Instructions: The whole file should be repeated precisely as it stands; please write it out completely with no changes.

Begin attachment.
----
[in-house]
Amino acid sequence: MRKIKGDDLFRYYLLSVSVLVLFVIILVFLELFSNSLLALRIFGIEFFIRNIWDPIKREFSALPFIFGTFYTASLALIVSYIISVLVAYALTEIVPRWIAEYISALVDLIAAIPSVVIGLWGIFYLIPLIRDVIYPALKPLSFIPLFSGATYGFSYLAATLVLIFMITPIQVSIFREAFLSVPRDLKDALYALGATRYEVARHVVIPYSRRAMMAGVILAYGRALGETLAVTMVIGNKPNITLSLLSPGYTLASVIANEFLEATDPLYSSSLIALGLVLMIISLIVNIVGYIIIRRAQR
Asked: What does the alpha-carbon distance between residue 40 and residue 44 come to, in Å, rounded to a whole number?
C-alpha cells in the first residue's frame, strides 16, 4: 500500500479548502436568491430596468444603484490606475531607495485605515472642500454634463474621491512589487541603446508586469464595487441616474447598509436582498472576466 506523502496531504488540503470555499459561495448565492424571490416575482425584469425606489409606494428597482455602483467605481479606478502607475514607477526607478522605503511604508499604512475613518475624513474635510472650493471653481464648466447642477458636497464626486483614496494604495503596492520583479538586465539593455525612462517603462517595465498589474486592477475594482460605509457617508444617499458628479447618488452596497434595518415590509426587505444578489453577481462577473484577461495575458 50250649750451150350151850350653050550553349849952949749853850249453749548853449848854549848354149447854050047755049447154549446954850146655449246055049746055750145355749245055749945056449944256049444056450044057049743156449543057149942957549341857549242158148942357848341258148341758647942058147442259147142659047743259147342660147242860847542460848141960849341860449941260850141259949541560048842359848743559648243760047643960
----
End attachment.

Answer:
[in-house]
Amino acid sequence: MRKIKGDDLFRYYLLSVSVLVLFVIILVFLELFSNSLLALRIFGIEFFIRNIWDPIKREFSALPFIFGTFYTASLALIVSYIISVLVAYALTEIVPRWIAEYISALVDLIAAIPSVVIGLWGIFYLIPLIRDVIYPALKPLSFIPLFSGATYGFSYLAATLVLIFMITPIQVSIFREAFLSVPRDLKDALYALGATRYEVARHVVIPYSRRAMMAGVILAYGRALGETLAVTMVIGNKPNITLSLLSPGYTLASVIANEFLEATDPLYSSSLIALGLVLMIISLIVNIVGYIIIRRAQR
Asked: What does the alpha-carbon distance between residue 40 and residue 44 come to, in Å, rounded to a whole number?
C-alpha cells in the first residue's frame, strides 16, 4: 500500500479548502436568491430596468444603484490606475531607495485605515472642500454634463474621491512589487541603446508586469464595487441616474447598509436582498472576466 506523502496531504488540503470555499459561495448565492424571490416575482425584469425606489409606494428597482455602483467605481479606478502607475514607477526607478522605503511604508499604512475613518475624513474635510472650493471653481464648466447642477458636497464626486483614496494604495503596492520583479538586465539593455525612462517603462517595465498589474486592477475594482460605509457617508444617499458628479447618488452596497434595518415590509426587505444578489453577481462577473484577461495575458 50250649750451150350151850350653050550553349849952949749853850249453749548853449848854549848354149447854050047755049447154549446954850146655449246055049746055750145355749245055749945056449944256049444056450044057049743156449543057149942957549341857549242158148942357848341258148341758647942058147442259147142659047743259147342660147242860847542460848141960849341860449941260850141259949541560048842359848743559648243760047643960